After the most confusing checkout in history, where I honestly thought I was about to break the poor guys neck at reception, I finally managed to persuade them that I had been staying there for the last couple of nights and that I had paid for it all and that they were going to look after my bag for a couple of days. I consider myself a morning person but that was vile! I bet that poor guy wished he had called in sick.
After that kafuffle Debbie, my very chirpy tour guide (obviously also a morning person) collect me from the hostel and set me off on my three day/two night adventure in the Daintree Rainforest, the oldest rainforest in the world (or so they tell me).
The bus had three couples and me but Debbie was a great stand in. There was also a lovely Irish couple on board who had me laughing all the way to the rainforest.
Our first stop was a coffee shop where we all paid $4 for a nice cappuccino, only to find out that 20minutes later we were off the bus again and given complimentary tea and coffee! Cheeky would be one word to describe it. Not to worry however, it did give me the chance to sample some Daintree tea which was pretty good if you imagined it was apple juice.
Tea in hand we slid our way down to the river where our Croc boat awaited. A 45minute cruise down the Daintree River to spot some enormous salt water crocodiles. We saw a few spiders and a baby croc in a tree (not where I was expecting to find it to be honest, which did make the rest of the trip a little more exciting and I just didn't know where to look anymore!). The elderly driver kept driving us into the banks to get a close up look at some snakes. Very thoughtful of him but I am not sure the two little girls sitting at the front of the boat were so thankful when the branch dangling just above their heads started stinking its tongue out at them.
Once off the boat and a little disappointed at the lack of lizards we walked made our way over to the Jindalba Botanical Boardwalk in the Daintree Rainforest. A lovely walk where Debbie educated us all on Cassowary spotting, various uses for vines and how to check if a berry is poisonous or not. Apparently you rub it on your wrists. If nothing happens after a day then you rub it on your lip. If no welts have appeared then you rub it on the inside of your lip. Still no swelling then you can try tasting some and spitting it out. By this point it is 5 days later and if you haven't died of starvation before then or killed yourself in the process of testing the berry then you can probably eat it.
By this point I was getting pretty hungry myself so Debbie kindly dropped us off at PK's Jungle village to check in and make ourselves comfortable in our jungle home.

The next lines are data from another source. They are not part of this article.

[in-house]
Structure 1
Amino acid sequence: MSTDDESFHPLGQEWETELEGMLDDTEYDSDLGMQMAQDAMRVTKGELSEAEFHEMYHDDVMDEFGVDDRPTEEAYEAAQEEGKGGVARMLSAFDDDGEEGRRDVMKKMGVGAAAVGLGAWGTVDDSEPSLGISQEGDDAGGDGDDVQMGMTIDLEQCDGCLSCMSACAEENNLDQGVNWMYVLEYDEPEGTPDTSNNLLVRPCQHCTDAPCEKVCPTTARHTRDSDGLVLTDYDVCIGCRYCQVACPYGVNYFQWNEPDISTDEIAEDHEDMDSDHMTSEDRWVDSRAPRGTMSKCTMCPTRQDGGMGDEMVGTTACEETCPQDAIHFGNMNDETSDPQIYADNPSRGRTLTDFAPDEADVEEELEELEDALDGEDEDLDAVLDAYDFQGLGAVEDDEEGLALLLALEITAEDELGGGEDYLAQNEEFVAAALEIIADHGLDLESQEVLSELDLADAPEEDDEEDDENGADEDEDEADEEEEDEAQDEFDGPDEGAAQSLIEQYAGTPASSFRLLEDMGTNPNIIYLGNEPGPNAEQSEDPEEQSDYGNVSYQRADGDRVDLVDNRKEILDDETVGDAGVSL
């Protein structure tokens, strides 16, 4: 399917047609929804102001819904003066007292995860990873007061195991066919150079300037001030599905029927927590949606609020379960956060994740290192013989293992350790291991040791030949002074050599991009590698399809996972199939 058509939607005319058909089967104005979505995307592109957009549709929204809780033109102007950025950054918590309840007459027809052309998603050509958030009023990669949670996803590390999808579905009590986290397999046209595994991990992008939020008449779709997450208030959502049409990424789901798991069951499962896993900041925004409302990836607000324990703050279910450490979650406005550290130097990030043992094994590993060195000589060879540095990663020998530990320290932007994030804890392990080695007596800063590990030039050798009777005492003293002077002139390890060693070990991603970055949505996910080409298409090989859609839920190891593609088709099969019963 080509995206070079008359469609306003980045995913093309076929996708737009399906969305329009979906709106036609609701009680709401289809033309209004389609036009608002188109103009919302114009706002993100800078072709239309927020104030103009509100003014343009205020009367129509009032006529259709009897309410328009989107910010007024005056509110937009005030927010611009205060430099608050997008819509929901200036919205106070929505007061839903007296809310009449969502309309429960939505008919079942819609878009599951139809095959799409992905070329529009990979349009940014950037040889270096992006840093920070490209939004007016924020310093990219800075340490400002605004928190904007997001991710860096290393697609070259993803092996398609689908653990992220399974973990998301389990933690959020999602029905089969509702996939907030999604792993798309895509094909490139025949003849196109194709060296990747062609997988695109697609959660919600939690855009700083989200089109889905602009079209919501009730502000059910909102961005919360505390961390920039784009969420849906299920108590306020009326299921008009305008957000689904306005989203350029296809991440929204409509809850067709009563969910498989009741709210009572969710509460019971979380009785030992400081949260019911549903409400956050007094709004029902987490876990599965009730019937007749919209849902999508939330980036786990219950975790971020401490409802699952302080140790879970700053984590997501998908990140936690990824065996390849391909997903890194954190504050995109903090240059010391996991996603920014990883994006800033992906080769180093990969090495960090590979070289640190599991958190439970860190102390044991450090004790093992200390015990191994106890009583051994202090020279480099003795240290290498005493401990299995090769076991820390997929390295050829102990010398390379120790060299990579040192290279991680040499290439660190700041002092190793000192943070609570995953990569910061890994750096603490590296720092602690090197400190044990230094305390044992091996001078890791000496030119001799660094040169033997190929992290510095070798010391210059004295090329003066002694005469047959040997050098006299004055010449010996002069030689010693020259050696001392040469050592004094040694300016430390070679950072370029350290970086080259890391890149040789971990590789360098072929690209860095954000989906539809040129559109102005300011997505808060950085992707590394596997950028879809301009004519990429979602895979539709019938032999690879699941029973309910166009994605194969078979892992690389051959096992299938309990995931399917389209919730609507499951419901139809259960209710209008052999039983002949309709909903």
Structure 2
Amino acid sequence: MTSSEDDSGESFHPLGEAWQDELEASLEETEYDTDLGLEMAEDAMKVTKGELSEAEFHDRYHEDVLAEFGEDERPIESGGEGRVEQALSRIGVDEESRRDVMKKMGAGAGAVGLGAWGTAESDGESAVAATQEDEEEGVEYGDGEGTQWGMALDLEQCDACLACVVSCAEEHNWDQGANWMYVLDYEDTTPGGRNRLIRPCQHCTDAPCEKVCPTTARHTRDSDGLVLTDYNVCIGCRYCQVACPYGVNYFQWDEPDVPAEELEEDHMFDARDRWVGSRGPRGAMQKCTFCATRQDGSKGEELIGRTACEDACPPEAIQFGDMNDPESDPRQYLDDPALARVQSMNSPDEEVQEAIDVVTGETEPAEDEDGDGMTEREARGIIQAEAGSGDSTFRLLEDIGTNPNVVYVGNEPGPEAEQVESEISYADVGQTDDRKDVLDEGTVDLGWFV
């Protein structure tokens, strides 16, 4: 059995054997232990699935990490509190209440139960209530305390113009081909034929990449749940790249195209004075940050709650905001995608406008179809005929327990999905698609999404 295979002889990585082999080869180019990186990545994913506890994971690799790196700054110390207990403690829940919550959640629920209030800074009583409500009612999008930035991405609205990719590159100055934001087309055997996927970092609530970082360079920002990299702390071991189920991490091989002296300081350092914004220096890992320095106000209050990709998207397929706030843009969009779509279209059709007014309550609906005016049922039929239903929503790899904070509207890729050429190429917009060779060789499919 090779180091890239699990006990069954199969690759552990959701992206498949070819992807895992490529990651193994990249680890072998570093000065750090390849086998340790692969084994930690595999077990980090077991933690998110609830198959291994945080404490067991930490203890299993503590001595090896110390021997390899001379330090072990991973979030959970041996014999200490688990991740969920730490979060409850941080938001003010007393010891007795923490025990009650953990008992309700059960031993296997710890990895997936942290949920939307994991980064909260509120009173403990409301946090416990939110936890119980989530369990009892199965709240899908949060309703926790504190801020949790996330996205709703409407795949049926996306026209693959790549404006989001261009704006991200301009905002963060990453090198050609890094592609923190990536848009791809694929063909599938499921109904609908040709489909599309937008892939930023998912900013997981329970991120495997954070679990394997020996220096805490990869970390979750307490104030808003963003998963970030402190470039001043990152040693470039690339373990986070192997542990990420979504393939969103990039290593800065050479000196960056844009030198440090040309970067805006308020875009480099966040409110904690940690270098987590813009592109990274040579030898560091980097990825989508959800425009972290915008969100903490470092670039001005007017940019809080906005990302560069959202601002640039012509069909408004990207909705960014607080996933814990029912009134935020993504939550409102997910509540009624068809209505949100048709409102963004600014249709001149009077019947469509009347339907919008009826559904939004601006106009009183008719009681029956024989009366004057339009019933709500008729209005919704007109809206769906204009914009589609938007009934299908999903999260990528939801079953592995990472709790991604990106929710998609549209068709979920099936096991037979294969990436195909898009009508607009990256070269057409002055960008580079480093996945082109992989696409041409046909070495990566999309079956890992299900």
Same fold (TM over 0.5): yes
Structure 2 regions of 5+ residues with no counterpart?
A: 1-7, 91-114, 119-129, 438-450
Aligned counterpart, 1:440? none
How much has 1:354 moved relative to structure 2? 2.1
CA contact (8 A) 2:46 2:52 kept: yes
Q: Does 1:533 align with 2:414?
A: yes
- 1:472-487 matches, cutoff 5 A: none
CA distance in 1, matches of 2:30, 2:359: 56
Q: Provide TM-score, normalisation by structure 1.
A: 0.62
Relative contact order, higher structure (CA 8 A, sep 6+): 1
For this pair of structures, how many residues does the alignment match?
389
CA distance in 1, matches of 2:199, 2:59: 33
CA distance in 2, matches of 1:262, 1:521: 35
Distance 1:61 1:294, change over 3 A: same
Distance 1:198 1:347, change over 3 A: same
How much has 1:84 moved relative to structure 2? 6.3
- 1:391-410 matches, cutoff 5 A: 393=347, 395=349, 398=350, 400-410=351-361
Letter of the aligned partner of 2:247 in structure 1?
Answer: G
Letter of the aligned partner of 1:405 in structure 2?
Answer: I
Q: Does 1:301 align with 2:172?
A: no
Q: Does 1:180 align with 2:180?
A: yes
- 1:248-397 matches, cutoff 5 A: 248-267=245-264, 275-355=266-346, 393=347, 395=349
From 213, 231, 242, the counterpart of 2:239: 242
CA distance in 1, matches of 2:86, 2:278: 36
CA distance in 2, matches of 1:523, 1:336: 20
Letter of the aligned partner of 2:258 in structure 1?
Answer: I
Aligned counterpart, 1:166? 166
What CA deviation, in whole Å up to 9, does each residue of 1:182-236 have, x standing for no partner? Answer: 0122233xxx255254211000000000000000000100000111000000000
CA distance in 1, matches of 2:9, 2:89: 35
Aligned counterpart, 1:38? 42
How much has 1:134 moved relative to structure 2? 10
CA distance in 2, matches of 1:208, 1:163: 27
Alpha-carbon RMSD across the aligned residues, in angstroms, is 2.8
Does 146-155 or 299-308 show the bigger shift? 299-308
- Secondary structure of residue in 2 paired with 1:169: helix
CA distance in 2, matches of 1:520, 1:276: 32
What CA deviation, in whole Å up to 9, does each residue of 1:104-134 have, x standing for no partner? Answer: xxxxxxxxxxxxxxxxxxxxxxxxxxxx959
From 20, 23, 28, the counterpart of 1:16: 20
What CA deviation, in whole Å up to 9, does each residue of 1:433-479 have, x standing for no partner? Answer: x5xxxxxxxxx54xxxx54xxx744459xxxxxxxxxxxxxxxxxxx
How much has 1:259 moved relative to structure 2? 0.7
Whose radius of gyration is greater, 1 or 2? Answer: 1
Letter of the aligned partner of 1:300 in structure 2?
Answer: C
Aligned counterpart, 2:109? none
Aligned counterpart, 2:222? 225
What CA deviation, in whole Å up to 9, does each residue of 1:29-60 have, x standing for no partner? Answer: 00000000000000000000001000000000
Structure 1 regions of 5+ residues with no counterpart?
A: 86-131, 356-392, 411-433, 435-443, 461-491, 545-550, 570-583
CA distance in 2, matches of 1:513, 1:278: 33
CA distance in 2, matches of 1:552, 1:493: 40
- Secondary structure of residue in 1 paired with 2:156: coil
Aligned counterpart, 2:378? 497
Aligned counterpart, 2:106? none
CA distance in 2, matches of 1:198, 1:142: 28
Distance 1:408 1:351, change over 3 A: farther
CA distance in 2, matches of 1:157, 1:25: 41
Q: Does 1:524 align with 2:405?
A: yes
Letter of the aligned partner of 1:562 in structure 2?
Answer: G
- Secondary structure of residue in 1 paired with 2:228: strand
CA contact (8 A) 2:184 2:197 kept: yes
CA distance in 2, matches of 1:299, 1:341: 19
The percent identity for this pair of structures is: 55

PK was brilliant. I had my own bed in a little air conditioned hut, opposite the swimming pool and next to the bar and restaurant. I know it doesn't sound like the real jungle experience but nothing wrong with bringing it into the 21st century a little. There were still no phone lines, signal, internet or electricity - all run on solar panels so still a little rustic...
I was sharing my room with three other people. Joe and Ellen, lovely English couple who had just graduated from UEA and Francis... who I would get to know a little better later on.
Joe, Ellen and I decided that the sweltering heat called for a swim but rather than dive into our pool we made the 20minute walk to Mason's Watering Hole. It is basically just a little creek down the road, which was not infested with crocodiles or jelly fish. There was an old car tyre nearby which we used to float about it and there were a few ropes tied to some nearby branches. There were many cute little fish bobbing about (not dead just sunbathing) and there was nothing there about from thousands of trees, rocks, water and us. It was stunning.
After half an hour a few more people wandered down to enjoy the shade and cool waters but it still felt incredibly remote and peaceful.
Once we had cooled down and the sun had hidden behind the clouds a little we decided to brave the beach. Myall Beach is a striking beach but unfortunately from December to June it is stinger season so there was no way we could go into the water. The three of us decided that our time would better be spent sitting on the beach for three hours trying to crack open a coconut. It was hilarious. Evolution in reverse. We started by throwing it against other coconuts, then trees, then coral and then we just gave up and used our hands to strip away each layer of skin before I got my pen our, removed the ink and used it as a straw the suck out the milk from the nut. Delicious. Once the nut was empty we easily cracked the rest in half and sat quietly on the shores watching birds and crabs scuttle past as we chewed our coconut slices. Satisfying in so many ways. That is not to say I would go through all that trouble again just for a bit of coconut. If there had been a 'Bounty' lying about I am sure it would have been just as good.
After such an exhausting day there was nothing for it but to end it with a jug of beer, a game of cards and a cool shower before settling into our first night in the rainforest.